Ancient Theatre in Epidaurus
The Ancient Theatre of Epidaurus, Peloponnese: The Ancient Theatre of Epidaurus is regarded as the best preserved ancient theatre in Greece in terms of its perfect acoustics and fine structure. It was constructed in the late 4th century BC and it was finalized in two stages. Originally the theatre had 34 rows of seats divided into 34 blocks by stairs and walkways.
It is situated near the ancient sanctuary of Asklepios, a celebrated healing center of the classical world. It was used as a therapeutic and religious center dedicated to Asklepios, the god of healing. Today the sanctuary is an extended archeological site with interesting buildings. The theatre is surrounded by lush greenery, an integral part of the theatre itself. This famous ancient theatre distinguishes for its architectural symmetry and the great acoustics.
Due to its incomparable acoustics, the actors can be perfectly heard by all 15,000 spectators, as you can even hear the sound of a pin dropping. It is known from the antiquity until the present days for its size, the unique architecture and harmonious proportions. It was built by the architect Polykleitos on the side of a mountain and overlooking the sanctuary of Asklepius. This is a superb example of classical theater with an orchestra and the circular area between the seats and the stage. The highest distance of the concave is 58 meters, while the diameter of the stage is 20 meters.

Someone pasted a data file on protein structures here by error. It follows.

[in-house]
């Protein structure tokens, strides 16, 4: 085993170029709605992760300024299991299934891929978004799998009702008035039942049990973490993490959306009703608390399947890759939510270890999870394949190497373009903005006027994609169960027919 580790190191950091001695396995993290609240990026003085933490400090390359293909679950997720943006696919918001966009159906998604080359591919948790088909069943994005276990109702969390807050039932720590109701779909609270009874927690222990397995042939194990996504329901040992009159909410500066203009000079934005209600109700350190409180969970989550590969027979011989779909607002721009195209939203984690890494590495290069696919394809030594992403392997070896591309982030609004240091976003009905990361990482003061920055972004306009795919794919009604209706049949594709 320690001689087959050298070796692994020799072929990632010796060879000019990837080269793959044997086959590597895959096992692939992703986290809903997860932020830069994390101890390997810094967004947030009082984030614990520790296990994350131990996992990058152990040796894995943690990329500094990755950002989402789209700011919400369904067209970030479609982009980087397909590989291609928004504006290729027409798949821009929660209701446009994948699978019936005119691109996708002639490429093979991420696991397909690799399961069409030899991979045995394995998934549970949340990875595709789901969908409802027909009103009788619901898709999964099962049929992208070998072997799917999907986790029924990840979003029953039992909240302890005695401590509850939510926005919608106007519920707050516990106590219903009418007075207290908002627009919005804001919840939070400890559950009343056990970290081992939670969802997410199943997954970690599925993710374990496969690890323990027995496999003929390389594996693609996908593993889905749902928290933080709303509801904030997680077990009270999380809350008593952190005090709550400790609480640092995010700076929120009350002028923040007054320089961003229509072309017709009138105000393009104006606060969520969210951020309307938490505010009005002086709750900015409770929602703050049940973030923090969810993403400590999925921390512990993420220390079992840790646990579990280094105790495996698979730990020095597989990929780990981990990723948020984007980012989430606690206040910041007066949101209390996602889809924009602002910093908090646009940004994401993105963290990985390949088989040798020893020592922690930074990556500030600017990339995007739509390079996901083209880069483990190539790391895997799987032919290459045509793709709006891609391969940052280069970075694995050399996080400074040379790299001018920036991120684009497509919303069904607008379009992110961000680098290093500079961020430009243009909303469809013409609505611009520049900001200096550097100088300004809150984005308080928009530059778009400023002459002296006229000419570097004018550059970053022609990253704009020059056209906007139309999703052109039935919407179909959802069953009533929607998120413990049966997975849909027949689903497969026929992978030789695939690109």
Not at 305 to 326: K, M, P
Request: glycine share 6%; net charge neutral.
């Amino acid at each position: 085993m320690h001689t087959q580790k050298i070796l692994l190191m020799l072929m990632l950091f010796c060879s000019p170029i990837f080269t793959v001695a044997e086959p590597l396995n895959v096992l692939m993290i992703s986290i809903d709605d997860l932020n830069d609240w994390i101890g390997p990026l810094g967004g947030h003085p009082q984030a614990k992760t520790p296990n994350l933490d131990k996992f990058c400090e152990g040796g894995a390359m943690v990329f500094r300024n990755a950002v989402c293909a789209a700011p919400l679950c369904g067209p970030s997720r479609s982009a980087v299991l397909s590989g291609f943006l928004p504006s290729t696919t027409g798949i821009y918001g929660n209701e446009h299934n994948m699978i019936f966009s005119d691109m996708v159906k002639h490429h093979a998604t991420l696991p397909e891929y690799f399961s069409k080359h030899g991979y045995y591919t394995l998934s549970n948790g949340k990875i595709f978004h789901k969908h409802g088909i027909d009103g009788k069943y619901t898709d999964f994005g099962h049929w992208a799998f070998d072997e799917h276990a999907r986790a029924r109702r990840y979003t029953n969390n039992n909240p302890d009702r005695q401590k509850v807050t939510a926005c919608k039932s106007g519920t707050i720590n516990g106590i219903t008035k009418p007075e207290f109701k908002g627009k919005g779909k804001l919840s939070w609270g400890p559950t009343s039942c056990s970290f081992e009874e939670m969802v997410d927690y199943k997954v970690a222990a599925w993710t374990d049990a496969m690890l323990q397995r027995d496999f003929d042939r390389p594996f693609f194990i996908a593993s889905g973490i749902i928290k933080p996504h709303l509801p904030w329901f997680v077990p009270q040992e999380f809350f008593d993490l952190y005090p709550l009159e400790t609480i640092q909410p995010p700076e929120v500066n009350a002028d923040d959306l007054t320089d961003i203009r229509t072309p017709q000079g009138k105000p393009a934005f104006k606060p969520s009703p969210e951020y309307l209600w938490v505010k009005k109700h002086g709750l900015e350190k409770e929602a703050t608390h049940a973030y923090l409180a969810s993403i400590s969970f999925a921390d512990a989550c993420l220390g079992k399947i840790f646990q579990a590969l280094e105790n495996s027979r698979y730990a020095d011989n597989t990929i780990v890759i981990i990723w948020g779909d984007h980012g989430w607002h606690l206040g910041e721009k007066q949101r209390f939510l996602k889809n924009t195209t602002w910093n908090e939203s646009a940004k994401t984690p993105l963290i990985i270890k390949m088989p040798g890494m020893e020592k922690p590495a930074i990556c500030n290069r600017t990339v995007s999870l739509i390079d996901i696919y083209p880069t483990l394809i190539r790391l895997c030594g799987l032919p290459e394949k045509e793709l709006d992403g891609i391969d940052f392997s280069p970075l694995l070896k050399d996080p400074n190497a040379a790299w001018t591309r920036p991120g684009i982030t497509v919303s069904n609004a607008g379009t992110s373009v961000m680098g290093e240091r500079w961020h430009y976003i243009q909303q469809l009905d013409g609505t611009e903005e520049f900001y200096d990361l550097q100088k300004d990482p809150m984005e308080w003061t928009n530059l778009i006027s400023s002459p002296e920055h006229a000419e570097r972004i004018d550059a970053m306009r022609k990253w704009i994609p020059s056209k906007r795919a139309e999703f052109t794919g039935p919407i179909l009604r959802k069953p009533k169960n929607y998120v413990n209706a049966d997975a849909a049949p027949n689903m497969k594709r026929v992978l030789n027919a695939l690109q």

For centuries the monument remained covered by a slope of trees until the year 1881, when several excavations took place. As the theatre was built after the classical times, not a single original ancient drama had been presented there, but all performances were repetitions of classic plays. Since 1938, when modern dramas started to be presented again in the theatre, it has hosted hundreds of plays.
The famous Epidavria Festival, presently Athens Epidaurus Festival, begun in1954 and it is held every summer with famous ancient dramas or modern plays. Over the years, the festival has hosted both Greek and foreign artists.